I just finished reading Restaurant Man by Joe Bastianich.  I know, I am several years behind the New York Times Bestseller list.  Maybe that’s what happens when you prefer to head north instead of south out of Albany.  We prefer the Adirondacks to New York City.  Usually.

Restaurant Man is a bible for anyone even remotely considering opening a restaurant.  Bastianich admits to a rough relationship with his dad, the original restaurant man.  That said, Bastianich clearly embodies his father’s knowledge and attention to the pennies, nickles and dimes of the business.  Every glance through a restaurant is a mental calculation on what each item is costing the bottom line.  If you want to survive in the business, you need to be a Joe Bastianich Restaurant Man.  I imagine many called him something else using the first letters of his last name, bast….  That’s what you need to be to succeed.

What really takes the book to another level of enjoyment is what one of my colleagues recently referred to as “being common”.  Bastianich writes with the same language that would be used in any given kitchen during service.  Profanity rules on the line, and Restaurant Man does not white wash the story.

It’s not that simple, however.  Bastianich is by no means “common”.  His language simply mirrors what you live in the kitchen.  As a former waitress, banquet waitress, cocktail waitress, banquet manager and coat check girl (not in that order), I appreciate the veracity.  It is what it is, and restaurant man is watching at every turn, especially at closing time.  That is a chapter worth reading.

Here are some classic passages:

When talking about kitchen hierarchy, with the lowest of the low being on pots and pans:  “The first thing you do when you interview your dishwasher is ask him where he’s from.  The ones from Puebla can cook.  I don’t know what the f*!! goes on in Puebla, I’ve never been there, but everyone who comes from there can cook like a motherf*!!$**.  You can get them out of the sink and off the pots and put them right on the line.”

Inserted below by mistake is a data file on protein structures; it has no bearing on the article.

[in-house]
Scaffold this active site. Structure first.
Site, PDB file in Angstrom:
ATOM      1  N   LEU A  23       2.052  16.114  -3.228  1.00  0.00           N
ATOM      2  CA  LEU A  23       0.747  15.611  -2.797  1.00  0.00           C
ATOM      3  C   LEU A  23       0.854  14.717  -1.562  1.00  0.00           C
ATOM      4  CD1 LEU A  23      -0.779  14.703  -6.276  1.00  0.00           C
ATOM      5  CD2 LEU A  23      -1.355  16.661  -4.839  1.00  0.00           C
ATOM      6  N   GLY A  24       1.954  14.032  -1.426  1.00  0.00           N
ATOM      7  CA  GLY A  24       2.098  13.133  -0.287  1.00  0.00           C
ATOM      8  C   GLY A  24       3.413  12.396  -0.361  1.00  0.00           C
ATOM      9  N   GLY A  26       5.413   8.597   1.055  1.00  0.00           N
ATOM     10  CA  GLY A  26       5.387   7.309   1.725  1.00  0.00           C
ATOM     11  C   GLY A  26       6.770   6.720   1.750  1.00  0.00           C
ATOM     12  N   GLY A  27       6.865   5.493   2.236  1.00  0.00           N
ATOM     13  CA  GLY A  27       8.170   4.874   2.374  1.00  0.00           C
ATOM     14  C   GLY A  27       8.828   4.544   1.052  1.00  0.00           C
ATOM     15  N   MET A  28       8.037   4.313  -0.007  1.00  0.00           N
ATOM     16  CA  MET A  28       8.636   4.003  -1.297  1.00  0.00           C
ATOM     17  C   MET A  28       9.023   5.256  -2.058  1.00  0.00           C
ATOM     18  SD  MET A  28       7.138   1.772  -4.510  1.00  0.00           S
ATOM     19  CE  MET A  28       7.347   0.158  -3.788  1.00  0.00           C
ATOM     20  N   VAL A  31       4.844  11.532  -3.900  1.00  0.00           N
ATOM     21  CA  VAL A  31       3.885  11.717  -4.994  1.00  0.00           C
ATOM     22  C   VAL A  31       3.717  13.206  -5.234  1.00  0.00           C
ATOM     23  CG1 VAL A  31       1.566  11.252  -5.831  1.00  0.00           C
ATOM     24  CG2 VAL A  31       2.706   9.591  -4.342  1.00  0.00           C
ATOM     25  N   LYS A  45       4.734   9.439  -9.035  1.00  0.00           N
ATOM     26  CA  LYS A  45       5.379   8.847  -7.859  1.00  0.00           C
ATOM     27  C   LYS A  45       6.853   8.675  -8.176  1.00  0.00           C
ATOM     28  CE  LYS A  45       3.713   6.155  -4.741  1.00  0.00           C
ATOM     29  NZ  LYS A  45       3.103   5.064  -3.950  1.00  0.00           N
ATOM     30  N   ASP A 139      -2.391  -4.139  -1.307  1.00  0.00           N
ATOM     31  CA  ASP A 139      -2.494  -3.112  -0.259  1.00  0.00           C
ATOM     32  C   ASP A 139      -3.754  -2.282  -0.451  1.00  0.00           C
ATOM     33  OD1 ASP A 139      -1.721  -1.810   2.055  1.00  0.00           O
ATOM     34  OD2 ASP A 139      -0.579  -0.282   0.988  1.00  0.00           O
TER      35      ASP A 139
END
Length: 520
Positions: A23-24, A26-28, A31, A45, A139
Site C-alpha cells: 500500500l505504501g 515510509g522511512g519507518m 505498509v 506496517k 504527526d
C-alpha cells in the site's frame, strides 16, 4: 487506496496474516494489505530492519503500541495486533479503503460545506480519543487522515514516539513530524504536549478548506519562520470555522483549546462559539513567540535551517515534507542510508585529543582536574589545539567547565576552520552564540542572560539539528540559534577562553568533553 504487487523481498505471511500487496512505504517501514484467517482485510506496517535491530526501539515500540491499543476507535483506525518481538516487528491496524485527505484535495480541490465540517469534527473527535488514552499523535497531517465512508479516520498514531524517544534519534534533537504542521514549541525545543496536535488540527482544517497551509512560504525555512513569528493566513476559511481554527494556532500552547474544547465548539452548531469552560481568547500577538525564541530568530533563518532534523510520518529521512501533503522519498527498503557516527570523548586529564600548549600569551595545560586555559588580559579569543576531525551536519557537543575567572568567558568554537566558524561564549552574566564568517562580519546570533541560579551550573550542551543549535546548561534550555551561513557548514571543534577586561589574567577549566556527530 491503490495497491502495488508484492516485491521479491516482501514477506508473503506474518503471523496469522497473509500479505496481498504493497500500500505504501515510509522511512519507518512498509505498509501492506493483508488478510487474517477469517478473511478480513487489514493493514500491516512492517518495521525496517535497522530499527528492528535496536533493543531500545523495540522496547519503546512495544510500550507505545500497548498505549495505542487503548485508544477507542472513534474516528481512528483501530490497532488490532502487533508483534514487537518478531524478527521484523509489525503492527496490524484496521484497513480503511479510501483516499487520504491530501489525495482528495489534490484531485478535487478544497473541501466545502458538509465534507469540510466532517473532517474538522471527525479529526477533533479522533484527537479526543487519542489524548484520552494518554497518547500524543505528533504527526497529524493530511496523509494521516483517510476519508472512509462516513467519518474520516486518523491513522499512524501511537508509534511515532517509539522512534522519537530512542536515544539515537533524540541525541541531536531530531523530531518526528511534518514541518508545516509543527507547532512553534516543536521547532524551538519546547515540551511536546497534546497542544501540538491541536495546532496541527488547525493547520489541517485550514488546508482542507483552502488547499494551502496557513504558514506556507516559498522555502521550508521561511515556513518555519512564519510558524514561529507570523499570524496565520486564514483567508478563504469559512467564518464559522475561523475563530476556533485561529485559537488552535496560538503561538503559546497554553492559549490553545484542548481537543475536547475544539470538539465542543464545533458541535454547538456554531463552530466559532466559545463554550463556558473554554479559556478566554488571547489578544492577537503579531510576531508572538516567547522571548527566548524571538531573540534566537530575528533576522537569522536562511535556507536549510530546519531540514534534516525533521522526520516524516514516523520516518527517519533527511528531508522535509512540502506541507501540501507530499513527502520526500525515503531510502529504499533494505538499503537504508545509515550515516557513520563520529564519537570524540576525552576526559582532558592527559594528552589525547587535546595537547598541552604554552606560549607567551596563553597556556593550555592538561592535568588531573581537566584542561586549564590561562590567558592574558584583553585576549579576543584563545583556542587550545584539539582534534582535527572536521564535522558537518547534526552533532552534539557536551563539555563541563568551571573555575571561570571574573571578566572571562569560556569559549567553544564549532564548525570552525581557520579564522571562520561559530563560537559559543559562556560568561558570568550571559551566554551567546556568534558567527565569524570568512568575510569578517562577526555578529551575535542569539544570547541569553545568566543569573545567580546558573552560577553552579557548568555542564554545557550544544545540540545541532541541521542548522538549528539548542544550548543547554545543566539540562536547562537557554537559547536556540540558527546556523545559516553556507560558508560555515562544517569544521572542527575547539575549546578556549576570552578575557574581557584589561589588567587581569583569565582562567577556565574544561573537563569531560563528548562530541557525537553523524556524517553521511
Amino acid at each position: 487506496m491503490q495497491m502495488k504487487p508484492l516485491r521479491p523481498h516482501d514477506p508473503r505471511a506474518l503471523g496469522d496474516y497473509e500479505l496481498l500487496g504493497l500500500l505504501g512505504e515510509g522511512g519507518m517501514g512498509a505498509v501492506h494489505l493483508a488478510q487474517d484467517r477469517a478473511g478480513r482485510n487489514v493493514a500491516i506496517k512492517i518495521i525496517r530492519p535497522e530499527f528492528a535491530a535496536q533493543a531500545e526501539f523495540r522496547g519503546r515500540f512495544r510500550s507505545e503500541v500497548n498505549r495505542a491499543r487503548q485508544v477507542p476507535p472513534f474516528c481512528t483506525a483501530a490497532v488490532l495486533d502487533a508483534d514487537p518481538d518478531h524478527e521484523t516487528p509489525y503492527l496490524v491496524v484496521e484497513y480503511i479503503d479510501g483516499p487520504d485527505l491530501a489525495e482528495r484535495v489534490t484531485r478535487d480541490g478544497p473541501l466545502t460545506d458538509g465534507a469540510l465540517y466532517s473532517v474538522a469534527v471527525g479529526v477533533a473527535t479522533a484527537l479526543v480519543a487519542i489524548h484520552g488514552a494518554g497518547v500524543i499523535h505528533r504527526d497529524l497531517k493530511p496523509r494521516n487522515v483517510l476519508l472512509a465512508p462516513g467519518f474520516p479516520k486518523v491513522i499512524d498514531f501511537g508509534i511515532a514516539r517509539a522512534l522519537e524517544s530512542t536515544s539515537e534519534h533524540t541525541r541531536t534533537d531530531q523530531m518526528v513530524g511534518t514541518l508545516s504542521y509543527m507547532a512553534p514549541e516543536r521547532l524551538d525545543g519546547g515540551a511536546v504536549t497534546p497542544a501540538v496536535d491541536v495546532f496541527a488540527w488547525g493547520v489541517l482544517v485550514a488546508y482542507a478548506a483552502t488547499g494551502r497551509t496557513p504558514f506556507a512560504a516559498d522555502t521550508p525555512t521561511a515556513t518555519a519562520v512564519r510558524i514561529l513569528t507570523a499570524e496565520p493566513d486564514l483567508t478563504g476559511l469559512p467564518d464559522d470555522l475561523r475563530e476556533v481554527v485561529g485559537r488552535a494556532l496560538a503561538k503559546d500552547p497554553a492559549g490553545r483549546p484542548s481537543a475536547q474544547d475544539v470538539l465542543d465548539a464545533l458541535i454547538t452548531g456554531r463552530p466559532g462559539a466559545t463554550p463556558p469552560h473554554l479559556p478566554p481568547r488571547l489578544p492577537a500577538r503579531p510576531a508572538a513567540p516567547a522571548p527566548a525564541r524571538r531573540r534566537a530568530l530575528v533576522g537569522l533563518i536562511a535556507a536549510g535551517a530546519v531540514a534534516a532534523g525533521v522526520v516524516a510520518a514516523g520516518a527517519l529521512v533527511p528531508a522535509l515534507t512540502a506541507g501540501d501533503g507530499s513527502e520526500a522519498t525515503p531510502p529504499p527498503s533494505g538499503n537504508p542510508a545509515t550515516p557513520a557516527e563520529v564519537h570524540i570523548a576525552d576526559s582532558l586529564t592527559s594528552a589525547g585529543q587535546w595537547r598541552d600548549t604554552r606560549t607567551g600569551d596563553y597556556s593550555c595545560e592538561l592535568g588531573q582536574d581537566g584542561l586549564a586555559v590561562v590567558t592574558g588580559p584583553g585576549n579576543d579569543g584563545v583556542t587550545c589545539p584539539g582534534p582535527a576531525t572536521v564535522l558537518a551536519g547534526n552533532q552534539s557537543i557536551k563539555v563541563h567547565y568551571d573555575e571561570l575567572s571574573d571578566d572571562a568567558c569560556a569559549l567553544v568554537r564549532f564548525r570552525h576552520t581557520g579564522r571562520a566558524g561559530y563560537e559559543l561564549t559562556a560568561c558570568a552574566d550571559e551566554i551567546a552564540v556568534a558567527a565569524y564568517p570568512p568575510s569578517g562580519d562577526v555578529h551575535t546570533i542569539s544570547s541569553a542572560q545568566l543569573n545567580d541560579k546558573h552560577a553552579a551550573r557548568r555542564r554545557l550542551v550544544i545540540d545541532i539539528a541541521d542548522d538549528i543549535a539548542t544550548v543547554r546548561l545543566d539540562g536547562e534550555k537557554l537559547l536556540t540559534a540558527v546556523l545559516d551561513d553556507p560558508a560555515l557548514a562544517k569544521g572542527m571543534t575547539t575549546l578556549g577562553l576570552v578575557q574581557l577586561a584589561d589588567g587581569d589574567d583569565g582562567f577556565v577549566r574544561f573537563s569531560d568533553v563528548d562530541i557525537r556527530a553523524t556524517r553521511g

When talking about morning wine tastings:  “Tasting the first wine in the morning is like seeing the first pretty girl of the day – the impact is clear, the impression is vivid, there is little ambiguity.  Beauty is apparent, and it lingers.  But with every wine tasted after the first one, it’s the same as with every girl you see on the street – you’re more likely to observe a ripple or a wrinkle, a blemish, poor posture. … But even after a twelve-hour day when you’re sweating it out on the F train trying to get back to Queens and you see a beautiful woman, it’s like seeing the sun rise all over again.”

When talking about his love for Friulano wine:  “Every day we would end up drinking Tocai Friulano made by a local farmer, out of these thick, chewed-up glasses. … But this wine had such great richness; it was really waxy on the palate, almost thick and viscous, served chilled, but never too cold, and with a slice of prosciutto San Daniele it would give you an  incredible sensation, like separating honey and beeswax right on your palate  – the wax would remain between your teeth, and the honey would dribble down the back of your throat and warm your whole body.”

When discussing the increase in food cost per plate:  “The veal chop is the bane of every restaurateur’s existence, because there’s almost no margin; the food cost is just too f*!!ing high.  I lose money on it.  If a four-top comes in and every one of them orders a veal chop, I might as well go to their table, give them twenty dollars each, and tell them to get the f!** out.”

I don’t know about you, but I am thinking about searching out a Friulano wine, which I will pair with the best prosciutto I can find.  And the next restaurant?  Veal chop.  What have I been missing?

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